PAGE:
“They’re going to try to portray him as some kind of new and fresh face. He is nothing more than the same old, tired Republican policies that he’s embraced. I mean, he’s called increasing the minimum wage silly. He has suggested that fighting for paycheck fairness for women is a waste of time. He supports increasing taxes on the middle class. And his tax plan that he released is, again, just a replication of more of the same — tax cuts for the wealthiest, most fortunate Americans. So really, I mean, if you want to put what is essentially a prune and package some tinsel around it. That does not make you fresh and new.”

–Rep. Debbie Wasserman Schultz (D-Fla.), chairwoman of the Democratic National Committee, interview on “The Rundown with Jose Diaz-Balart,” April 13, 2015

Sen. Marco Rubio (R-Fla.) is the third Republican to throw his hat in the presidential race, casting himself as a young, next-generation leader with new ideas. Wasserman Schultz challenged that message, and questioned his record in an interview the day he was set to announce his candidacy. Her comments immediately were circulated on social media.

Appearing in her capacity as DNC chairwoman, Wasserman Schultz attacked Rubio’s economic policy stances as being trite and traditionally Republican. She said Rubio has called raising the minimum wage “silly,” suggested that fighting for paycheck fairness for women is a “waste of time,” and has proposed a tax plan that cuts taxes for the “wealthiest, most fortunate Americans.”

The Fact Checker obviously takes no position on Rubio’s policy ideas or whether he is, in fact, a tinsel-packaged prune. But since Rubio is now a presidential candidate, it is worth exploring what he did say about raising the minimum wage and equal pay, and what his tax plan entails.

Are Wasserman Schultz’s characterizations of Rubio’s stances accurate?

The Facts

Raising the minimum wage

DNC staff sent us two instances where Rubio used the words “silly” and “waste of time” while talking about raising the minimum wage. But his answers in the context of the interviews are more nuanced than that. In both instances, Rubio discussed his opposition to the president’s executive order to raise the minimum wage to $10.10 for federal contractors; he disagreed with the notion that the proposal is the “cure-all” that will lift low-wage Americans out of poverty.

In a February 2014 PBS interview, Rubio was asked whether he believes raising the minimum wage is the “foundation” for bridging wage gaps, as suggested by a Democratic lawmaker in a previous PBS interview. Rubio disagreed, saying: “That’s certainly not the foundation of it. I understand that they (Democrats) may support that policy initiative (raising the minimum wage to $10.10). But to argue that raising the minimum wage is going to create upward mobility is, quite frankly, silly; $10.10 an hour isn’t the American dream.”

Rubio has called raising the minimum wage a “stale” idea, and questioned whether the minimum wage law works. Instead, he says he supports jobs that pay “$30, $40, $50 an hour,” and that “you cannot rebuild the American dream, you cannot reinvigorate a vibrant middle class on $10.10 an hour or $16 an hour, for that matter.”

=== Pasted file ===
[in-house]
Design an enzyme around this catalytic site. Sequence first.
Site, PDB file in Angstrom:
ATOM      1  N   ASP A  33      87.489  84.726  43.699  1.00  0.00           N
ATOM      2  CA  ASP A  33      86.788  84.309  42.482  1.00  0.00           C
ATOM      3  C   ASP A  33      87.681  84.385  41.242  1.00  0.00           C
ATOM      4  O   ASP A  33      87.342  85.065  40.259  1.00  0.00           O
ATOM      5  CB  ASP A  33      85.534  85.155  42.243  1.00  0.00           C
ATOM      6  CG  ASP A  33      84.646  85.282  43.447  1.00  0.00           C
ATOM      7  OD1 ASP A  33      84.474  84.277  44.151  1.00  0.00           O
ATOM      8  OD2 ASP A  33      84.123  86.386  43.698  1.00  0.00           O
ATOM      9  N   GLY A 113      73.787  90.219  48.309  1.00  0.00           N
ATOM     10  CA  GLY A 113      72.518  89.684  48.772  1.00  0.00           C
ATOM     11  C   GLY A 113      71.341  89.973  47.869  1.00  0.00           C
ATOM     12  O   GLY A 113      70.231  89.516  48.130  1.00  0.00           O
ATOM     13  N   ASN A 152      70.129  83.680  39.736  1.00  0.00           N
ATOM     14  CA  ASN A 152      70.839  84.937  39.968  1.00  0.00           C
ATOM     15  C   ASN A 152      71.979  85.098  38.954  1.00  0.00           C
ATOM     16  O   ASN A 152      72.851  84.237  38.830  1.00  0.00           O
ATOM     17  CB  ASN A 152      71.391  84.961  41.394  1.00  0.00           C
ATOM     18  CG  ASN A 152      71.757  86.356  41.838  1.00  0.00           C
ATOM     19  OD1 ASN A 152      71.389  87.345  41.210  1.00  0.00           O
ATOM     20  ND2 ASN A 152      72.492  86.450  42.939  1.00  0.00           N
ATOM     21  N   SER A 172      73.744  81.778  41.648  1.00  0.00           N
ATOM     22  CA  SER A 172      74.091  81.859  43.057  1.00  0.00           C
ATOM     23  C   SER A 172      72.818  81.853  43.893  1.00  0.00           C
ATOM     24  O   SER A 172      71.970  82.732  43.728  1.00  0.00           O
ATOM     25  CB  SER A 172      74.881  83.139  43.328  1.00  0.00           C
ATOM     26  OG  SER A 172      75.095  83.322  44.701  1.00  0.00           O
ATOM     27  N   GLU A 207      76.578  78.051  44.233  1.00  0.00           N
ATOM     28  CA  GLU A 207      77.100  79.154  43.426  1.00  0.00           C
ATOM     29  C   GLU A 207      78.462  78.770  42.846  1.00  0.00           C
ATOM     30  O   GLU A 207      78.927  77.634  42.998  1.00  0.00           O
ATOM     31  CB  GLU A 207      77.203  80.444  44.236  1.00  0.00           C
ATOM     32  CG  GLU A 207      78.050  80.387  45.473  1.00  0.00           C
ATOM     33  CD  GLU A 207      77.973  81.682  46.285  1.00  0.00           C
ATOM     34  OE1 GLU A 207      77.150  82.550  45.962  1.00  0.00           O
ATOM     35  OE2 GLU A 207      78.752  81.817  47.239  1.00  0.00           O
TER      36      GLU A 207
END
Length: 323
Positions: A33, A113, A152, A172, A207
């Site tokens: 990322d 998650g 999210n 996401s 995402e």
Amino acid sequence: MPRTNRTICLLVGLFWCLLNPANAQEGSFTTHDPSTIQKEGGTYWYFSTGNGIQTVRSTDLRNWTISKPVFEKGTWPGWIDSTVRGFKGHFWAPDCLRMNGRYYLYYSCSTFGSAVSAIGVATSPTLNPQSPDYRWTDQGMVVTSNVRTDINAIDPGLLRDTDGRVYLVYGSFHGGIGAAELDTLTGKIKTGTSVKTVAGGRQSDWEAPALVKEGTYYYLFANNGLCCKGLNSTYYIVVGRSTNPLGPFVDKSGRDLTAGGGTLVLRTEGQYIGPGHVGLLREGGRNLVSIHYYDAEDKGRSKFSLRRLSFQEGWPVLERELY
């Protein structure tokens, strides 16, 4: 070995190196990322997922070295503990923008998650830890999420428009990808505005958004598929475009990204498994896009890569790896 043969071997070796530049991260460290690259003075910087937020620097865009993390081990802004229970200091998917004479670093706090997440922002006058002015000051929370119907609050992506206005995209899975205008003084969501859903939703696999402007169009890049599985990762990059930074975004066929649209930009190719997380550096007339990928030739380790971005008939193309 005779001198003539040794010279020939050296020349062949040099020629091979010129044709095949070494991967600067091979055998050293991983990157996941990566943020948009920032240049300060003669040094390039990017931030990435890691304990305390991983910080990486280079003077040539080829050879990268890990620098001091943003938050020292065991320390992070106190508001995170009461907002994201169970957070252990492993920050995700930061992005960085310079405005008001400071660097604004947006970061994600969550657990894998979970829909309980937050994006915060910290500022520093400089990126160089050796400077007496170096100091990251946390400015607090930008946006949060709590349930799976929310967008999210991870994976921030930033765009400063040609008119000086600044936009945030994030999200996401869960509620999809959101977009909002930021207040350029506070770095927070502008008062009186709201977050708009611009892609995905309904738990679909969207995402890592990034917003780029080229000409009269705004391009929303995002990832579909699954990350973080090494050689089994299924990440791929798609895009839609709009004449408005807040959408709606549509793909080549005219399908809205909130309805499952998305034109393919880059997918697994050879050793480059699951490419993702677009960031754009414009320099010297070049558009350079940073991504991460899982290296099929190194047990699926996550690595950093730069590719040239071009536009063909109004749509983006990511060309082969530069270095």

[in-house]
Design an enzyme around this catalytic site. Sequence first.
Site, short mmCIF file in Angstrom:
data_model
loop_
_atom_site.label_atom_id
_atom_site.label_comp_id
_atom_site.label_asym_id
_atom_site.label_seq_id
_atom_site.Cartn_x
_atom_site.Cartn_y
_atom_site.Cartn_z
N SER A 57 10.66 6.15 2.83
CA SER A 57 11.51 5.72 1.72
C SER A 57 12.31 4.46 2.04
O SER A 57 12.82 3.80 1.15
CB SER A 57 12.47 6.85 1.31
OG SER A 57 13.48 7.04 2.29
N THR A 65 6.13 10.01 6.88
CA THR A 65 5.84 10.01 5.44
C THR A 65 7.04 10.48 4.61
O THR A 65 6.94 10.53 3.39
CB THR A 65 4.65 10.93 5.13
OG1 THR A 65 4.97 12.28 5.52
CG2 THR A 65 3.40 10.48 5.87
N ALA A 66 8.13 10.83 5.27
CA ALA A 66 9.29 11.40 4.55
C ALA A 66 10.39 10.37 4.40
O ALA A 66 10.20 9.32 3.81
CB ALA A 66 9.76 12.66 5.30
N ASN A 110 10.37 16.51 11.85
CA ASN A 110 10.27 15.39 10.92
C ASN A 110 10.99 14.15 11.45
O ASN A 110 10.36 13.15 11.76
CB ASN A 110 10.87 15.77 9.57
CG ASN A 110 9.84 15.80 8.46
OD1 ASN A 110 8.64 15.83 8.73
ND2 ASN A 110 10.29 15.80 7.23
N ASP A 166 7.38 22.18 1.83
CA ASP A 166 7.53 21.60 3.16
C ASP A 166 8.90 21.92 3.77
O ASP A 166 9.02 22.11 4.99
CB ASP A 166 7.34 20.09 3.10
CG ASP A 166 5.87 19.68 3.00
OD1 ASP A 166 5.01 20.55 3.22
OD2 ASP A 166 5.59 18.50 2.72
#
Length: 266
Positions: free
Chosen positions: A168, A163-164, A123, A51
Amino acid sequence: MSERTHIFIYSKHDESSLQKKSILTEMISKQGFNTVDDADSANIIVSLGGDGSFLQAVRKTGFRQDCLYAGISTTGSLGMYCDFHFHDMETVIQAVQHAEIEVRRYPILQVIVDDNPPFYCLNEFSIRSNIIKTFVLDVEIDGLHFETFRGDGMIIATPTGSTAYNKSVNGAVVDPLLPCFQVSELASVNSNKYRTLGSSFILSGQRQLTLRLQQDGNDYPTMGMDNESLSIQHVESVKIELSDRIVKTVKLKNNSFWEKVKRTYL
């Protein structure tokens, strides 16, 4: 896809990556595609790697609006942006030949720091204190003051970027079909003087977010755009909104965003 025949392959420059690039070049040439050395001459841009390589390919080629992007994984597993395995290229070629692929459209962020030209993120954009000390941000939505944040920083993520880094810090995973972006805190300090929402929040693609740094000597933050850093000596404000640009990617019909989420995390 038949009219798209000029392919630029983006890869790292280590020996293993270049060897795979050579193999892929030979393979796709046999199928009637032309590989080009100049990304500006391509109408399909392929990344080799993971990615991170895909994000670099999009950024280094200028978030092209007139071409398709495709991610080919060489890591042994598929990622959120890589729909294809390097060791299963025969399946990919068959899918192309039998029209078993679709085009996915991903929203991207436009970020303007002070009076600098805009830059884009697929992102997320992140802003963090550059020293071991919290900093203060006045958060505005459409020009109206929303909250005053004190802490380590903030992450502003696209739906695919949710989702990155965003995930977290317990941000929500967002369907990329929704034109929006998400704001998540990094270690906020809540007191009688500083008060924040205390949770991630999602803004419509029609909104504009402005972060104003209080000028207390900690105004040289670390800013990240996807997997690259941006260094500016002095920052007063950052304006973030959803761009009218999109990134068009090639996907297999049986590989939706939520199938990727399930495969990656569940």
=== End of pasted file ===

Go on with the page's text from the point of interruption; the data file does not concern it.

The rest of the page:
Rubio tells the story of a single mother with two children, who works as a receptionist at a medical clinic. Raising the minimum wage to $10.10 would not help her, he says, as she earns just above the minimum wage. The only way she can increase her income is by becoming a technician or a medical assistant. That requires higher education, which is difficult for her to achieve as a working single mom, he says.

In his anti-poverty proposal, he proposes replacing the earned income tax credit with a federal wage enhancement program for low-wage jobs. He proposes coupling the program with education initiatives to allow alternative ways to give school credit that makes higher education more affordable and flexible than a typical college program.

In another interview provided by the DNC, Rubio was asked during a January 2015 forum whether he believes there should be a federal minimum wage at all, given his stance against raising it. He answered that he does not support repealing the minimum wage “as a practical matter,” but his “problem with raising the minimum wage is not that I want to deny someone $10.10. I’m worried about the people whose wage is going to go down to zero because you’ve now made them more expensive than a machine.”

Paycheck Fairness Act

As noted by DNC staff, Rubio was among the Senate Republicans who in 2014 voted against advancing the Paycheck Fairness Act. The legislation, among other things, proposed to allow employees to sue for wage discrimination, protect employees from retaliation for sharing wage information and require employers to prove that wage differences were not based on the employee’s gender.

Senate Republicans argued such legislation would result in frivolous litigation and blamed Democrats for pushing the bill to score political points. Senate Democrats said the bill would ensure women receive equal pay.